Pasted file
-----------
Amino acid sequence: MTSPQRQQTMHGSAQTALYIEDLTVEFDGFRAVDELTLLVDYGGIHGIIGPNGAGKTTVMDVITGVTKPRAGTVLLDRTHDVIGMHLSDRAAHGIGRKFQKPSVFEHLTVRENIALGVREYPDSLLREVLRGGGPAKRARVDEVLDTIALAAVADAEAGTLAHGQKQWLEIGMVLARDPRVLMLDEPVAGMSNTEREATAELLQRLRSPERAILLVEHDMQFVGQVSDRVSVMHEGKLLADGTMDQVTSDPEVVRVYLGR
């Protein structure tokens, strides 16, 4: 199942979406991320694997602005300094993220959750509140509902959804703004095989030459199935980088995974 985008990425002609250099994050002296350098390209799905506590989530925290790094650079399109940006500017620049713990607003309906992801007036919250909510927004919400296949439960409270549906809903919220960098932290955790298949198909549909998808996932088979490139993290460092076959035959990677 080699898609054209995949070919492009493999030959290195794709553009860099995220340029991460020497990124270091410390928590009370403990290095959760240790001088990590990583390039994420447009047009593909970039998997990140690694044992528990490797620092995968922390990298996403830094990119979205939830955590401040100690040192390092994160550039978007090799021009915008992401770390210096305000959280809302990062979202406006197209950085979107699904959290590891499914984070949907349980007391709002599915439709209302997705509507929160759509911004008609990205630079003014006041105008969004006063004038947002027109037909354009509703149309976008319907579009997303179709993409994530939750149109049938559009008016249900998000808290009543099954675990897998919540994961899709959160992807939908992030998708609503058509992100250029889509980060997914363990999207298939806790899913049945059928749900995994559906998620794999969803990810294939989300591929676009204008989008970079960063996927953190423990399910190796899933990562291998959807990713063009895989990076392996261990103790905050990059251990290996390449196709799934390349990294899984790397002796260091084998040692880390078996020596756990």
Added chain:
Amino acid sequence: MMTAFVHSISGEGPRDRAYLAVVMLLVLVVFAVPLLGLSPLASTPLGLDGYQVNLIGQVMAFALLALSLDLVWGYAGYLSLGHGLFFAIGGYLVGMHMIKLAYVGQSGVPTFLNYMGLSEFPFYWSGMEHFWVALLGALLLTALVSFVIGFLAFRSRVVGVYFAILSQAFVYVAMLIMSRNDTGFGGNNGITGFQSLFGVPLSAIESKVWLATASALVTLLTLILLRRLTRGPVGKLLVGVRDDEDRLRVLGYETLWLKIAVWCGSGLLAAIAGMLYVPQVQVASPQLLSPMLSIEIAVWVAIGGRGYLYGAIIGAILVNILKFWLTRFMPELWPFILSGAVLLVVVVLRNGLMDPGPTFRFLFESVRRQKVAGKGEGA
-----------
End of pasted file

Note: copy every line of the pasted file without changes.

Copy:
Amino acid sequence: MTSPQRQQTMHGSAQTALYIEDLTVEFDGFRAVDELTLLVDYGGIHGIIGPNGAGKTTVMDVITGVTKPRAGTVLLDRTHDVIGMHLSDRAAHGIGRKFQKPSVFEHLTVRENIALGVREYPDSLLREVLRGGGPAKRARVDEVLDTIALAAVADAEAGTLAHGQKQWLEIGMVLARDPRVLMLDEPVAGMSNTEREATAELLQRLRSPERAILLVEHDMQFVGQVSDRVSVMHEGKLLADGTMDQVTSDPEVVRVYLGR
């Protein structure tokens, strides 16, 4: 199942979406991320694997602005300094993220959750509140509902959804703004095989030459199935980088995974 985008990425002609250099994050002296350098390209799905506590989530925290790094650079399109940006500017620049713990607003309906992801007036919250909510927004919400296949439960409270549906809903919220960098932290955790298949198909549909998808996932088979490139993290460092076959035959990677 080699898609054209995949070919492009493999030959290195794709553009860099995220340029991460020497990124270091410390928590009370403990290095959760240790001088990590990583390039994420447009047009593909970039998997990140690694044992528990490797620092995968922390990298996403830094990119979205939830955590401040100690040192390092994160550039978007090799021009915008992401770390210096305000959280809302990062979202406006197209950085979107699904959290590891499914984070949907349980007391709002599915439709209302997705509507929160759509911004008609990205630079003014006041105008969004006063004038947002027109037909354009509703149309976008319907579009997303179709993409994530939750149109049938559009008016249900998000808290009543099954675990897998919540994961899709959160992807939908992030998708609503058509992100250029889509980060997914363990999207298939806790899913049945059928749900995994559906998620794999969803990810294939989300591929676009204008989008970079960063996927953190423990399910190796899933990562291998959807990713063009895989990076392996261990103790905050990059251990290996390449196709799934390349990294899984790397002796260091084998040692880390078996020596756990």
Added chain:
Amino acid sequence: MMTAFVHSISGEGPRDRAYLAVVMLLVLVVFAVPLLGLSPLASTPLGLDGYQVNLIGQVMAFALLALSLDLVWGYAGYLSLGHGLFFAIGGYLVGMHMIKLAYVGQSGVPTFLNYMGLSEFPFYWSGMEHFWVALLGALLLTALVSFVIGFLAFRSRVVGVYFAILSQAFVYVAMLIMSRNDTGFGGNNGITGFQSLFGVPLSAIESKVWLATASALVTLLTLILLRRLTRGPVGKLLVGVRDDEDRLRVLGYETLWLKIAVWCGSGLLAAIAGMLYVPQVQVASPQLLSPMLSIEIAVWVAIGGRGYLYGAIIGAILVNILKFWLTRFMPELWPFILSGAVLLVVVVLRNGLMDPGPTFRFLFESVRRQKVAGKGEGA